Acid rain is rain that is polluted. The pollutants go up to the atmosphere and when it rains, it brings the pollution down with it. Sulfur dioxide and nitrogen oxide are the gases that form the acid rain. When these gases mix with moisture it can make rain, snow, hail, or even fog. The scientific term for acid rain is acid deposition which means when the acid is taken from the air and is deposited on the earth. Major industries, coal burning factories, power plants and automobile engines are the main sources of sulfur dioxide and nitrogen oxide which cause acid rain. Volcanoes and forest fires also causes sulfur dioxide and nitrogen oxide.
Some of the many problems that come from acid rain is the killing of many plants and underwater life in thousands of lakes and streams around the world. It strips forest soils of nutrients and damages farm crops. Acid rain can also corrode stone buildings, bridges, and priceless monuments. Acid rain can also be harmful to humans because acid rain kills the crops and fish we eat, ruins homes, and the acid can release lead in the pipes and the lead could go into our drinking water. It is hard to determine where acid rain may fall next, because the wind from a polluted area could carry pollution to another area and the acid rain could fall there.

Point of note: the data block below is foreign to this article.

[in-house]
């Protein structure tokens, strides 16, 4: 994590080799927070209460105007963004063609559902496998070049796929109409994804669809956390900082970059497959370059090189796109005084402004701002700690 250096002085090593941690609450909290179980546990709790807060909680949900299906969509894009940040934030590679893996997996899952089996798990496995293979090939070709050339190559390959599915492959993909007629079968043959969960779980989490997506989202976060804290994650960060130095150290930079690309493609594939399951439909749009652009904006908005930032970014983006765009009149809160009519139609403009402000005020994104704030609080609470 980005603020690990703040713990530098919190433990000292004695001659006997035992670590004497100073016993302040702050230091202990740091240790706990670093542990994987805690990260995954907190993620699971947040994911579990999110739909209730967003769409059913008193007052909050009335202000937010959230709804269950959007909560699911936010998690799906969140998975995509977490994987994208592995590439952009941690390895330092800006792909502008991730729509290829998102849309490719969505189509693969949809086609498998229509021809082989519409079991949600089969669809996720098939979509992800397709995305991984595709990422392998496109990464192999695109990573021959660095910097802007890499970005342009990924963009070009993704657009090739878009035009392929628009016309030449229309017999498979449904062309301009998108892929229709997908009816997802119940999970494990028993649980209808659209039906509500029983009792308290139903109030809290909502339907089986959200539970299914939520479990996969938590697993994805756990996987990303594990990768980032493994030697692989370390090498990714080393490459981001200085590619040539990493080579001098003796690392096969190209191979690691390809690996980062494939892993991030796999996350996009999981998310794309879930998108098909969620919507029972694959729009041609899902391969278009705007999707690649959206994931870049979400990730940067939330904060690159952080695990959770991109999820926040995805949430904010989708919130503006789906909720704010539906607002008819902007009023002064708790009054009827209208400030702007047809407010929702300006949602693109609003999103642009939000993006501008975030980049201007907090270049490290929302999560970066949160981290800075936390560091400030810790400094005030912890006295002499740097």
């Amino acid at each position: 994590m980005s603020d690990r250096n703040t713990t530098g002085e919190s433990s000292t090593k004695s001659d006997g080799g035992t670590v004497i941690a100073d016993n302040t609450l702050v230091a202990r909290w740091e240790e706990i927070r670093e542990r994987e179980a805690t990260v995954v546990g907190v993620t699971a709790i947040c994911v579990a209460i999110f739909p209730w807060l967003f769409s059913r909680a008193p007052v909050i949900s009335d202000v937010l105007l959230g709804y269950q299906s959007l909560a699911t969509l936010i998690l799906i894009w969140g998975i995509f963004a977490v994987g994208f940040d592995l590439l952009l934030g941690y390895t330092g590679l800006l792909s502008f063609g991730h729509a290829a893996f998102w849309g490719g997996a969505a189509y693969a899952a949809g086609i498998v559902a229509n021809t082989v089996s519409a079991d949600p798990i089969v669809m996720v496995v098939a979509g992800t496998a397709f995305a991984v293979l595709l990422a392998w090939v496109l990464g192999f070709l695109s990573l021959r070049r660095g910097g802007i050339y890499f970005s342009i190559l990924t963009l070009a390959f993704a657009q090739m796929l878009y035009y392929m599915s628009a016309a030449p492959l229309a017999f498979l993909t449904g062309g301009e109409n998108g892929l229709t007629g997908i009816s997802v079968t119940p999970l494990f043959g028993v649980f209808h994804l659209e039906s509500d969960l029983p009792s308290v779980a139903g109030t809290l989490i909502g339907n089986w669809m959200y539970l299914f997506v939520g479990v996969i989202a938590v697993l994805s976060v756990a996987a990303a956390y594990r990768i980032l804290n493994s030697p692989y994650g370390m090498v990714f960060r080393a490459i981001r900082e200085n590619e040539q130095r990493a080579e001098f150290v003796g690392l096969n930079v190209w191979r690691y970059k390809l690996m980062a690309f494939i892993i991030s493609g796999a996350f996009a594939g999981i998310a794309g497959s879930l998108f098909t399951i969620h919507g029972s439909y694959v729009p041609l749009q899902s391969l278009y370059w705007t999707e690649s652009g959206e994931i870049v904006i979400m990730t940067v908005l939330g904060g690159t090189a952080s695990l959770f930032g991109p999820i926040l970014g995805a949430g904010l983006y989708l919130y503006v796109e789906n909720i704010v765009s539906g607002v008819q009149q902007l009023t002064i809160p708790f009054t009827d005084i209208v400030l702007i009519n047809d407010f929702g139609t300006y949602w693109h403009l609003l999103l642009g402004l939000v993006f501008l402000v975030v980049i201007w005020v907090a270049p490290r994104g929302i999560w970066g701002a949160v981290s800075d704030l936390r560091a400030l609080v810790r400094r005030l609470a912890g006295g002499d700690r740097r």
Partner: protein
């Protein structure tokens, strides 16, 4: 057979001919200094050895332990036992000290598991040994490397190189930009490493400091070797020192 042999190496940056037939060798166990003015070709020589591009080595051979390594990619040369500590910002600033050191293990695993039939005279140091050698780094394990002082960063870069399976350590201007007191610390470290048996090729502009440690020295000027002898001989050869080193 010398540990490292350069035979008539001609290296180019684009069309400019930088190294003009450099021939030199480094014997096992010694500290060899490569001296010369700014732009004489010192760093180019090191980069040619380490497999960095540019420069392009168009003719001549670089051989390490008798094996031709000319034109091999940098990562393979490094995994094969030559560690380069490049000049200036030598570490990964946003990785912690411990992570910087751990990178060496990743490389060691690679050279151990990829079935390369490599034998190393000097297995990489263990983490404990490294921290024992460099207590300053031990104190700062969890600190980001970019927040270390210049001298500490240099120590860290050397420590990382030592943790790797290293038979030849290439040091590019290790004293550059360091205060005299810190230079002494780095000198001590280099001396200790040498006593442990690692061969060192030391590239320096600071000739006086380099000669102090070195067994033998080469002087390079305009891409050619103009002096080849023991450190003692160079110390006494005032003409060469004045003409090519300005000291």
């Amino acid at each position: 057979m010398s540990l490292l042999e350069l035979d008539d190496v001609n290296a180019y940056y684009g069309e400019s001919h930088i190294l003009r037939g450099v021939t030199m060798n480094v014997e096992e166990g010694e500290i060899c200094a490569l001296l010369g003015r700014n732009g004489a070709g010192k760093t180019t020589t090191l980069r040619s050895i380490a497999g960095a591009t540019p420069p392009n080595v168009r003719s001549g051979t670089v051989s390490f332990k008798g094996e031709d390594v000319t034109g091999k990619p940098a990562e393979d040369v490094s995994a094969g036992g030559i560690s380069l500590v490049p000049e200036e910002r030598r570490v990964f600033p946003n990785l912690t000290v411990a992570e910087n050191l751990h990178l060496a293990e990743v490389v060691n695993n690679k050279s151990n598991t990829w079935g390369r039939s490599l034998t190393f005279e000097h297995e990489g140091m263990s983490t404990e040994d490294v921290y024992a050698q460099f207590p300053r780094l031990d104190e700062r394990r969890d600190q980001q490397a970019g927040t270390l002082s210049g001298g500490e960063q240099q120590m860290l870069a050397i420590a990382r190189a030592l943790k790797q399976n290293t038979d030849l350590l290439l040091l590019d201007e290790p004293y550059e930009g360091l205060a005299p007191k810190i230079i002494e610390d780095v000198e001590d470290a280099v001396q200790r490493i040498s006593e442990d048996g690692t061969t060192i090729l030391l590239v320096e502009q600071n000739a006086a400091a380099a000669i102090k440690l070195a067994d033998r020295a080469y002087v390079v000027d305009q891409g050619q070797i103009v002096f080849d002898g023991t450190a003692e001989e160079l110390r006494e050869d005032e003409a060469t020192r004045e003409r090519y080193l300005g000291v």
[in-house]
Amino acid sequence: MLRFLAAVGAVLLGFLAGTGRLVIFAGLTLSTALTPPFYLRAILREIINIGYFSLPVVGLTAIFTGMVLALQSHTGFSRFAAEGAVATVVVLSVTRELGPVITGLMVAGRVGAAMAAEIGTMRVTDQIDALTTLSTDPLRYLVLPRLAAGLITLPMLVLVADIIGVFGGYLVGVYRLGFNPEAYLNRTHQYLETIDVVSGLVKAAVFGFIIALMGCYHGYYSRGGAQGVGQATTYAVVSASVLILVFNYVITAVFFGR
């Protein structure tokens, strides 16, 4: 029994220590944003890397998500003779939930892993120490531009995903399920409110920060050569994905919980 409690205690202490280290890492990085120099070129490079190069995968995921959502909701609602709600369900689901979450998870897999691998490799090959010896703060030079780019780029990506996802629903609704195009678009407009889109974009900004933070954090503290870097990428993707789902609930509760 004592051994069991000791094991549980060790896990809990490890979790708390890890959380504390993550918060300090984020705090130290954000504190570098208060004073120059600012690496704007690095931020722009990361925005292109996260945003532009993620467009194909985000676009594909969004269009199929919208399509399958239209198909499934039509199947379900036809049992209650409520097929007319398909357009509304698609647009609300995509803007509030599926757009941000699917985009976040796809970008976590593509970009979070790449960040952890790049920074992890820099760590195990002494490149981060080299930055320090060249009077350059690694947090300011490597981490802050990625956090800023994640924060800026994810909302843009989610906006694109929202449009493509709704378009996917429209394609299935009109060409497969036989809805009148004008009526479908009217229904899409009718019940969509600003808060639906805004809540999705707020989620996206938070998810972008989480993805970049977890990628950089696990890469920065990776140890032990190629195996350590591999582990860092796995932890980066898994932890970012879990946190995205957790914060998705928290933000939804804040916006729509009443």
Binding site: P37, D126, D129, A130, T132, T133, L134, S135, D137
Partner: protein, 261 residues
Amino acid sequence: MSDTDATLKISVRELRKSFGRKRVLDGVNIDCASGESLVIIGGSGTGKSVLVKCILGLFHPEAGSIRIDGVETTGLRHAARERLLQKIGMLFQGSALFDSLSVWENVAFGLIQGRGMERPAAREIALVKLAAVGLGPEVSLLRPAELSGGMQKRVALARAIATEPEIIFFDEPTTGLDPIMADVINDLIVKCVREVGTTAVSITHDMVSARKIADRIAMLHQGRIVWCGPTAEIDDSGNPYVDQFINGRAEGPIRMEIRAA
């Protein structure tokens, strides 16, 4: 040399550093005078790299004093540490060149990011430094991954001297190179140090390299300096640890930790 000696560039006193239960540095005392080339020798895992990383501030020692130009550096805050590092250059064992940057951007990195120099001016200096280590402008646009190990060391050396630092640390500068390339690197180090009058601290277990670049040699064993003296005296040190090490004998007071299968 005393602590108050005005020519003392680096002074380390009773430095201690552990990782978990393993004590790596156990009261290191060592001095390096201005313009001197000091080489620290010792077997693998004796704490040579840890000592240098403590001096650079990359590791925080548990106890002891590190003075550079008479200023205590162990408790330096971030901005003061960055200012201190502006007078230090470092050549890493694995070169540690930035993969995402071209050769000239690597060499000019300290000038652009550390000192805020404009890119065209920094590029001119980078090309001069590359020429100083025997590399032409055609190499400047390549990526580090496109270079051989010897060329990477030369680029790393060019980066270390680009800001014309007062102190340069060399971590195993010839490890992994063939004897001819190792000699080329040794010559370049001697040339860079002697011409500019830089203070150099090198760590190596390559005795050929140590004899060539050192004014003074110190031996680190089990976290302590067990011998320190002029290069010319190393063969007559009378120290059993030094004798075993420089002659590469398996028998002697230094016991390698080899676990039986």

The regions effected more by acid rain is large parts of eastern North America, Scandinavia, and central Europe. In a lot of places acid rain isn't a problem because some soils can neutralize the acid and it doesn't effect the crops. Areas more sensitive to acid rain is in the western United States most of Washington all of Oregon, sections of California and most of Idaho. Maine, New Hampshire, Vermont and a large section of north east Canada. The soil in these places can not neutralize acid rain deposits, then the nutrients are stripped which means the crops in those places may not survive.
Acid rain can damage and ruin soils by stripping the soils nutrients. But some soils can neutralize and weaken acid deposits that fall from the sky. These soils are called alkaline soil, also called a base. In 1838 the German chemist Justus von Liebig offered the first really useful definition of an acid, namely, a compound containing hydrogen that can react with a metal to produce hydrogen gas.